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Dunk History: The night Randy Brown saved Chicago

Kelly Dwyer
Ball Don't Lie
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Randy Brown surveys his options. (Getty Images)

As the summer wears on, with training camps and preseason play still off in (what feels like) the distant future, we turn our attention to the past. Join us as we while away a few late-summer moments recalling some of the most scintillating slams of yesteryear, the most thunderous throwdowns ever to sear themselves into our memories. This is Dunk History

Today, Kelly Dwyer takes a look at Randy Brown's throwdown over the Los Angeles Lakers.

There was a time, young cats and kittens, when you had to work for this.

I understand this will come off as a “walk-two-miles-in-the-snow-to-go-to-school” story, but I’m actually of a generation that did leave me (in the vaunted winter of 1988) left to walk two miles to school just to learn how to write in cursive – so I’m allowed to write with this furrowed brow. I’m also of a generation that left me, in the days before DVRs and League Pass, to tape every NBA game you could come across. With actual tapes. Oxide be damned, "Late Night with Conan O’Brien" episodes be saved, Marc Maron appearances on actual television shows (instead of tiny podcast downloads) to be respected.

On one night, I nearly missed it.

It was my mom’s night. My father is a chef, and six nights out of seven he prepped a fantastically brilliant dinner for us all. One night out of seven, though, he left the cooking to mom, no matter how late she came home from her work at a corporate gig with responsibilities that I still don’t fully grasp to this day. That back and forth between big business and misunderstood genius will never make sense to me, but what I did get out of it was solid-enough ground beef tacos from mom’s handiwork, spicy-enough chicken enchiladas, or, in this case, fantastic baked mostaccioli.

Mostaccioli that I almost missed.

It was 1996, DVRs did not exist and this 16-year-old was out of VHS tapes. It wasn’t so much that I needed to see Nick Van Exel, Eddie Jones, Shaquille O’Neal and this cat named “Kobe Bryant” play, it was that I need to tape every basketball game available to me because I don’t know why but let’s just tape every game to re-watch over and over during the summer and not ask questions because it might pay off later. My thoughts were almost entirely composed of run-on sentences back then.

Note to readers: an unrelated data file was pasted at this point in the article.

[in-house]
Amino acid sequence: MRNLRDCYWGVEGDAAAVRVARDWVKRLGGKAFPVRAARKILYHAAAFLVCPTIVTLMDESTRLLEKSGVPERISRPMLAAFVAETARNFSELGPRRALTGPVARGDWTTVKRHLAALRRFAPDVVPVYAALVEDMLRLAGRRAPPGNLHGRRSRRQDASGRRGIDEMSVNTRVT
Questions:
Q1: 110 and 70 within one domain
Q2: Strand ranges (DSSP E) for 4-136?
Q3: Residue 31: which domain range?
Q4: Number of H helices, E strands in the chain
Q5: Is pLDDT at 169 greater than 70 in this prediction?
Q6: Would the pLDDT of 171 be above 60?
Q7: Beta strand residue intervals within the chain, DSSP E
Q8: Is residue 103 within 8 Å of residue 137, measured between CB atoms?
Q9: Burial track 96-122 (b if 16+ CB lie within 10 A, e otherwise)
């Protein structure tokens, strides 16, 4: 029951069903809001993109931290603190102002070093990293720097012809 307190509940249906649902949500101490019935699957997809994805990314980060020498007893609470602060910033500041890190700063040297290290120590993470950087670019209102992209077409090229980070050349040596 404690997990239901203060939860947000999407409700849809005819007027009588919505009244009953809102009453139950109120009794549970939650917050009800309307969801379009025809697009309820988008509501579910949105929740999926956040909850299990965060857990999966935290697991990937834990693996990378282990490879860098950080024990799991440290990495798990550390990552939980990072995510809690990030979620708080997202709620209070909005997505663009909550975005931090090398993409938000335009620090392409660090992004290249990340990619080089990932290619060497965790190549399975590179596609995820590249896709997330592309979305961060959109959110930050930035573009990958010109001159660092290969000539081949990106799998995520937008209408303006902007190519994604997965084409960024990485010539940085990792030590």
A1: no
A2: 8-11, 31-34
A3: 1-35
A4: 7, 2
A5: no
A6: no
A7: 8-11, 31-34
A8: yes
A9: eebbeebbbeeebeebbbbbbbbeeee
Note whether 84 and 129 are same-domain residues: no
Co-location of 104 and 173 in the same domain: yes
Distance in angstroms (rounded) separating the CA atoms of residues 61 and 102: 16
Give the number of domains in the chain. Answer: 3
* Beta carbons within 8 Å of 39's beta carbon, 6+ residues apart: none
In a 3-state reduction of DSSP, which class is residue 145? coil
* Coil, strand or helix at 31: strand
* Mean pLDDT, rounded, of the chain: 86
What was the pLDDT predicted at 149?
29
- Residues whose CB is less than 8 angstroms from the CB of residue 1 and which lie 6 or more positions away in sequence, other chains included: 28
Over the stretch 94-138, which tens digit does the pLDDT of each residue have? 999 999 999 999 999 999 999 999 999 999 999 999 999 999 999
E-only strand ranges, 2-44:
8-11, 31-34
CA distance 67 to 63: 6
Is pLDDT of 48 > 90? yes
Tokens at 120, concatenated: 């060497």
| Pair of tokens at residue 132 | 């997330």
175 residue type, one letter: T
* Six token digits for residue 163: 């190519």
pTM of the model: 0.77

So, yeah, I should have had a license by then, but some things came up. I did manage to run down a few blocks to Osco to buy my usual brand of three-deep VHS tapes, and rush back to plop this brand of analog goodness into the machine.

The machine produced a rough night out, initially. That Tuesday featured the NBA’s best defensive team giving up 72 damn halftime points to the damned Lakers, distracting me from junior-year homework that has absolutely no impact on my current profession (don’t do drugs or homework, kids) and wondering if I should renounce my profound love for one Nick Van Exel.

Toni Kukoc started to get warm after that, though:

He started to bring the Bulls back from 22, from 15, from whatever. Dude didn’t even start, didn’t matter – Shaq, NVE, Eddie Jones and Jerome Kersey were the future of the NBA, and I was just some hopeless cat with a Robert Gordon haircut that was a few months removed from writing about basketball on the Internet (what a stupid endeavor!).

Every loping lefty toss-in seemed to fly in the face of a Lakers team that expected differently by the first quarter. It was Michael Jordan who was supposed to lead a comeback. It was Dennis Rodman who was supposed to bury his face in Shaq’s left arm. It was Scottie Pippen who was supposed to get lucky. It was anyone but Toni Kukoc, that goofball that shouldn’t matter.

Then it was Randy Brown, the only member of my hometown team who was actually from my hometown, that …

(You’ll have to excuse me.)

(I miss my hometown, and I miss players like Randy Brown. Guys who can’t shoot to save their lives, but will never, ever, allow you to get past them on the other end.)

(This is what Chicago is all about. Watch.)

It’s a last-second spring, when nobody is expecting it. It’s a last push toward 21 by two, when the sun is going down and we don’t know if the lights are going to turn on. It’s a plunk right at the rim, because you can’t trust this backboard. It’s a left hand, when everyone expects a right hand and for Jane Byrne to clear the streets of snow and Harold Washington to make it past his second term.

Michael Jordan dunked on Patrick Ewing a few times, Scottie Pippen did the same, Joakim Noah made me yell louder than I’ve ever yelled watching a sporting event while taking down Paul Pierce. I’m lucky. I’ve been able to grow up rooting for players that I love, teams I adore, and outfits that make me proud of my hometown. I also have the greatest job in the world, my world at least, and I’ll never forget that.

Part of that job means watching basketball on a Tuesday in December, when the rest of the sporting world doesn’t care as much, and when the stakes seem to be low.

Sometimes, though, there are people who care quite a bit. These people encourage followers who run down to a drugstore to buy VHS tapes, fans who turn an obsession into a living. And in a game with 252 combined points, one dunk will remind you of the two points that keep you coming back.

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Kelly Dwyer is an editor for Ball Don't Lie on Yahoo Sports. Have a tip? Email him at KDonhoops@yahoo.com or follow him on Twitter!

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